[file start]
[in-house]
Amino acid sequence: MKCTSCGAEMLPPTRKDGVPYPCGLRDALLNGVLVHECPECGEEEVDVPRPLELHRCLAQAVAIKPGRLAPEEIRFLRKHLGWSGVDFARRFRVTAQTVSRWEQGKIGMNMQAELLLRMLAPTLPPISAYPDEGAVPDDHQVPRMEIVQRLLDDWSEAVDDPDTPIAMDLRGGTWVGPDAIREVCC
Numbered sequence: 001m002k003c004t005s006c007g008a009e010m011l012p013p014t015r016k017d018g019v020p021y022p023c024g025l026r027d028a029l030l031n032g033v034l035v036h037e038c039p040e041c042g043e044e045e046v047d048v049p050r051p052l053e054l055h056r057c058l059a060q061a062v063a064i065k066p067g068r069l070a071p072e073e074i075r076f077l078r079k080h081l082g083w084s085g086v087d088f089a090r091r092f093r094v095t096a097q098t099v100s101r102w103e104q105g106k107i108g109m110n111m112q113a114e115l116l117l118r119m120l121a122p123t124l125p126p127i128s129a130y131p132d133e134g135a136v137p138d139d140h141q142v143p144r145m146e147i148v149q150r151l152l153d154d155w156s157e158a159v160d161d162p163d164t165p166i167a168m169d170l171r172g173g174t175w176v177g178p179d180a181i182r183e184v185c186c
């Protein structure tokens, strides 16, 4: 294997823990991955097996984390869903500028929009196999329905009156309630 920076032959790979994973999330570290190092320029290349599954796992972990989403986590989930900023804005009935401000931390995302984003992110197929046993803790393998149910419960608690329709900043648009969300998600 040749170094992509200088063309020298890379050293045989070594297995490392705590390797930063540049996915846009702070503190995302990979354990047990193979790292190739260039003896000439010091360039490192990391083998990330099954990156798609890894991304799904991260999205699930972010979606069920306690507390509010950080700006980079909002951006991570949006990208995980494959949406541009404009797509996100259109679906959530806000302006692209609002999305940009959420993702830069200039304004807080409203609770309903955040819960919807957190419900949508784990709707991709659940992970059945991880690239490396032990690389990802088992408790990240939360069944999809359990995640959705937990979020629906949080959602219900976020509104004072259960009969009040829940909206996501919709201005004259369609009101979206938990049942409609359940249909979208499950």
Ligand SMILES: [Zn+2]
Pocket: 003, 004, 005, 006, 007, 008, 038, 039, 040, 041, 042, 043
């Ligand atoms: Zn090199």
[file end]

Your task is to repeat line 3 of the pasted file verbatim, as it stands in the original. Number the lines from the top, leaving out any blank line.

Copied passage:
Numbered sequence: 001m002k003c004t005s006c007g008a009e010m011l012p013p014t015r016k017d018g019v020p021y022p023c024g025l026r027d028a029l030l031n032g033v034l035v036h037e038c039p040e041c042g043e044e045e046v047d048v049p050r051p052l053e054l055h056r057c058l059a060q061a062v063a064i065k066p067g068r069l070a071p072e073e074i075r076f077l078r079k080h081l082g083w084s085g086v087d088f089a090r091r092f093r094v095t096a097q098t099v100s101r102w103e104q105g106k107i108g109m110n111m112q113a114e115l116l117l118r119m120l121a122p123t124l125p126p127i128s129a130y131p132d133e134g135a136v137p138d139d140h141q142v143p144r145m146e147i148v149q150r151l152l153d154d155w156s157e158a159v160d161d162p163d164t165p166i167a168m169d170l171r172g173g174t175w176v177g178p179d180a181i182r183e184v185c186c